The Netherlands’ Jan Dijkema has been elected the first new President of the International Skating Union (ISU) in 22 years to replace Ottavio Cinquanta at today’s Congress here.
The 71-year-old won by 63 votes over 52 for Hungary György Sallak in a second-round run-off after France’s Didier Gailhaguet and Britain’s Chris Buchanan each withdrew.
Dijkema, who had previously been ISU vice-president for speed skating, will continue a tradition of a speed skating representative leading the organisation that has already stretched 36 years.
He becomes the first Dutch President of an Olympic International Federation since Els van Breda Vriesman left her position at the helm of the International Hockey Federation in 2008.
It also marks the third time a Dutchman has led the ISU after founding head Pim Mulier, who led from 1893 to 1895, and Gerrit W. A. van Laer, who was in charge from 1937 to 1945.
“I am satisfied that the result was good and I am elected,” the septuagenarian told insidethegames afterwards.
“It’s not an easy process in the international field, with many countries voting like a block.
“But I had a lot of help from the figure skating field and that is why I was elected.
“It was a team effort.”
The official won the first round of voting with 45 votes to Sallak’s 43, with Gailhaguet receiving 25 and Buchanan just two.
Gailhaguet and Buchanan then announced their withdrawal ahead of a second-round, with enough of the Frenchman’s European support switching to the Dutchman.
The result will come as a relief to much of the wider skating community due to concerns over the suitability of both Sallak, who is accused of misusing ISU funds during his time as development coordinator, and Gailhaguet, who returned from a three-year ban from the sport for involvement in the Salt Lake City 2002 judging scandal.
Gailhaguet’s defeat also marks a blow for Vero Communications, who had spearheaded his campaign despite not being here to support him this week.
The British consultancy firm, who are also supporting the Paris 2024 Olympic bid, were looking to continue a streak which had seen them successfully help Brian Cookson, Sebastian Coe and Gianni Infantino become respective Presidents of the International Cycling Union, International Association of Athletics Federations and football body FIFA in recent years.
Dijkema was seen as a steady-hand rather than a spectacular choice, and has vowed to focus on the period up to the Pyeongchang 2018 Winter Olympics before calling fresh elections in two years time.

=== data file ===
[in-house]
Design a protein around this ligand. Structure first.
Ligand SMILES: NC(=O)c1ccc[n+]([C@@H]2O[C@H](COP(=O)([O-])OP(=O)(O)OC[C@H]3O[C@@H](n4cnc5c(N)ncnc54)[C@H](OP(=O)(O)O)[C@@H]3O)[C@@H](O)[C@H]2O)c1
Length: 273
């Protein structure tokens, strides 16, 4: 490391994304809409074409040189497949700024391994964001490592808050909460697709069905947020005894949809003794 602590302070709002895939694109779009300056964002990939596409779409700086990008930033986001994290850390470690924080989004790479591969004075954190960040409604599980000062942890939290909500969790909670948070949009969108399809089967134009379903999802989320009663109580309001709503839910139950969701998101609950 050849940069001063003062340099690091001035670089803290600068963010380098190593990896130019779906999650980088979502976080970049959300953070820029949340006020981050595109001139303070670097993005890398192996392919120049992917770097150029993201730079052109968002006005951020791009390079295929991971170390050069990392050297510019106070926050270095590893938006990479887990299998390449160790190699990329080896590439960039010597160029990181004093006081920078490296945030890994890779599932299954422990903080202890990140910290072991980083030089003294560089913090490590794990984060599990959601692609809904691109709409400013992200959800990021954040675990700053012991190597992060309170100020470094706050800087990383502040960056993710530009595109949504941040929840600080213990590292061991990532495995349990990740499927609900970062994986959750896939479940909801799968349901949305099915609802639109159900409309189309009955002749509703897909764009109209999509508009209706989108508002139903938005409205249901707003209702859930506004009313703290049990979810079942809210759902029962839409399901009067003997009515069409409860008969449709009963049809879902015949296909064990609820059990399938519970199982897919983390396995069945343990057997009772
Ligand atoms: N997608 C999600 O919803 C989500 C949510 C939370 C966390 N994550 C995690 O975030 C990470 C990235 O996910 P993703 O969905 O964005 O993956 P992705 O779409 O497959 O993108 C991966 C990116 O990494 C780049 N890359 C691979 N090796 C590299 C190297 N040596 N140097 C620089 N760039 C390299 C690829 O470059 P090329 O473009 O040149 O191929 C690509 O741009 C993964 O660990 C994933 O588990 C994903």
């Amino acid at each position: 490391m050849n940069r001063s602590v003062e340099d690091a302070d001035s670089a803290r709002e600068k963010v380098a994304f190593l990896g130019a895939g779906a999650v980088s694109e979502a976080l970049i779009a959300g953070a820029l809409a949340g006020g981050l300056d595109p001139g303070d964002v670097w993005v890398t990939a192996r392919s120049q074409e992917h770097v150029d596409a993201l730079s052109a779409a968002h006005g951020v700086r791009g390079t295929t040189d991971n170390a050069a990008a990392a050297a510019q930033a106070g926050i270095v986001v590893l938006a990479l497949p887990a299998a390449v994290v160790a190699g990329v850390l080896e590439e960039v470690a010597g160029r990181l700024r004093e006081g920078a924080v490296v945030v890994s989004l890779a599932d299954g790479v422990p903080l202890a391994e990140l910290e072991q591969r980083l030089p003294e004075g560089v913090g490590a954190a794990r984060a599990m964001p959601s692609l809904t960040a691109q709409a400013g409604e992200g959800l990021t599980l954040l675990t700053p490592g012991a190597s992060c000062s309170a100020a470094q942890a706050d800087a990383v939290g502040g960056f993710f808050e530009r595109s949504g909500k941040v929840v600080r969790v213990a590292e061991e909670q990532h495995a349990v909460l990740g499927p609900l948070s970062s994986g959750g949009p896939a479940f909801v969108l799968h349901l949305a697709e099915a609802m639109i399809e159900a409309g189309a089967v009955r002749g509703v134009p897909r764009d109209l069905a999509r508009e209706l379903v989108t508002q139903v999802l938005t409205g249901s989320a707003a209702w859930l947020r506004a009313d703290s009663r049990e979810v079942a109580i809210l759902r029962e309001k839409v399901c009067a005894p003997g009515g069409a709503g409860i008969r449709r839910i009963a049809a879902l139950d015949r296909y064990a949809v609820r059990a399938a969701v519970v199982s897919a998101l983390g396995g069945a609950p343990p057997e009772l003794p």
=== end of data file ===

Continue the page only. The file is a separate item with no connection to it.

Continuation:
He delivered a statesman-like five minute address in the closed Congress, insidethegames was told, during which he highlighted how the ISU was founded in Scheveningen in The Netherlands in 1892.
Marketing and promoting the sport, development and good governance were hailed as his three main priorities.
“The President is important, but you can’t do it alone,” he added afterwards.
“I have to work in a team with the new Council.
“I hope we will have a smooth transition and will now start a new era in the ISU, as spelled out in my manifesto.”
He also reiterated how, “in principal”, he plans to stand for just a two year term, which would end in 2018 shortly before his 74th birthday.
But he left the door open, adding “we will see how it goes”.
Sallak, clearly disappointed, was not available to speak to afterwards.
Norway’s Tron Espelli was elected ISU vice-president for speed skating over Switzerland’s Roland Etienne Maillard by 71 votes to 44.
Russia’s Alexander Lakernik has unseated Finland’s Marie Lundmark for the figure skating vice-presidential position, winning by 81 votes to 34.
China’s International Olympic Committee (IOC) Athletes’ Commission member Yang Yang led the votes for five new ISU Council positions representing speed skating with 102 votes.
Also chosen were South Korea’s Kim Jae-Youl, with 97, Stoycho Stoytchev of Bulgaria, with 93, Maillard with 76 and Sergio Anesi of Italy, with 72.
Japan’s Junko Hiramatsu led the list of five figure skating Council representatives with 94 votes, just one more than United States’ Patricia St Peter.
Lundmark retained her place on the Council with 91, with Benoit Lavoie of Canada and Maria Teresa Samaranch of Spain – daughter of former IOC President Juan Antonio – joining her with 85 and 67 respectively.
Dijkema’s winning manifesto can be read in full here.
By Nick Butler at the Sheraton Dubrovnik Riviera Hotel
Republished with permission from insidethegames.biz